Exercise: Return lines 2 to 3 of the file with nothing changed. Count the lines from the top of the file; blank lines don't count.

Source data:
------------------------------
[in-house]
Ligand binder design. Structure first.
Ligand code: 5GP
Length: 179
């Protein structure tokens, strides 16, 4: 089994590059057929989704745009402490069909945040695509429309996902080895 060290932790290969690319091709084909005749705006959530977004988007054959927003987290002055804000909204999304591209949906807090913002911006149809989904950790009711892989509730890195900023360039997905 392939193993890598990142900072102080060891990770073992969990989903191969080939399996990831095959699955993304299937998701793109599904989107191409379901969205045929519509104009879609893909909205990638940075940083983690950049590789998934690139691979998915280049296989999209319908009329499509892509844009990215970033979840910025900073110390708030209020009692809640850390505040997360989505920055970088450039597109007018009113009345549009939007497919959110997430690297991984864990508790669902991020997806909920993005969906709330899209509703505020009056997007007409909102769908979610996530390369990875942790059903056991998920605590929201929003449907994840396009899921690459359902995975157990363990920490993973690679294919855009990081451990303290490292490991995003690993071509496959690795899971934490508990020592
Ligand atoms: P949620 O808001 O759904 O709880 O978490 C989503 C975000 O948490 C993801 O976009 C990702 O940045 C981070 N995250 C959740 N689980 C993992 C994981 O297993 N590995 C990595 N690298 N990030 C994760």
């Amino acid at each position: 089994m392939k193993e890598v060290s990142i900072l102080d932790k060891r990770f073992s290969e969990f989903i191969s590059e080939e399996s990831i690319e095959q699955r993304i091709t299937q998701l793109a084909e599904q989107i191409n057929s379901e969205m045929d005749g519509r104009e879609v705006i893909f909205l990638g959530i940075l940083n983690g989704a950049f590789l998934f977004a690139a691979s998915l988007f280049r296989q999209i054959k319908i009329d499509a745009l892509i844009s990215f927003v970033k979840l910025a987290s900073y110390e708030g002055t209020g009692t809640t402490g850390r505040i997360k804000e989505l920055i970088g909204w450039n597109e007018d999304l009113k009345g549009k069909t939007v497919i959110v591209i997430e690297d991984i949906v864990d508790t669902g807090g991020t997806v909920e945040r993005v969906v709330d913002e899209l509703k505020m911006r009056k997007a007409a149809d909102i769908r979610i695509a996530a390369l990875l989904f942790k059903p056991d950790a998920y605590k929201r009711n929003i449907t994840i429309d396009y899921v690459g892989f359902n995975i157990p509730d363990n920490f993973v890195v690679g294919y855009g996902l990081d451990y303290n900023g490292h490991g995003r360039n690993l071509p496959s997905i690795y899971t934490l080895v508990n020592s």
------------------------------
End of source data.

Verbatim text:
Ligand binder design. Structure first.
Ligand code: 5GP